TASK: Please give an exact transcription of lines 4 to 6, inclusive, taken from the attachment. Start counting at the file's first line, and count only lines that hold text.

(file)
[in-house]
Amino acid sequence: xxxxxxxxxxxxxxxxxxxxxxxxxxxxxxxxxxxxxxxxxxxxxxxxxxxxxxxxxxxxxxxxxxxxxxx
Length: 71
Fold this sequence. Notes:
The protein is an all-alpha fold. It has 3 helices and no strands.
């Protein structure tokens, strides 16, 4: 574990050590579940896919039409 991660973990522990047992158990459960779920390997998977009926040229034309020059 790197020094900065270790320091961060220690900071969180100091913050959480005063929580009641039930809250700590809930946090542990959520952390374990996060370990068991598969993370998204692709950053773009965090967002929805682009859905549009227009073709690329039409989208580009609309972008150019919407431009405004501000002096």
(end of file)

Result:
Fold this sequence. Notes:
The protein is an all-alpha fold. It has 3 helices and no strands.
């Protein structure tokens, strides 16, 4: 574990050590579940896919039409 991660973990522990047992158990459960779920390997998977009926040229034309020059 790197020094900065270790320091961060220690900071969180100091913050959480005063929580009641039930809250700590809930946090542990959520952390374990996060370990068991598969993370998204692709950053773009965090967002929805682009859905549009227009073709690329039409989208580009609309972008150019919407431009405004501000002096």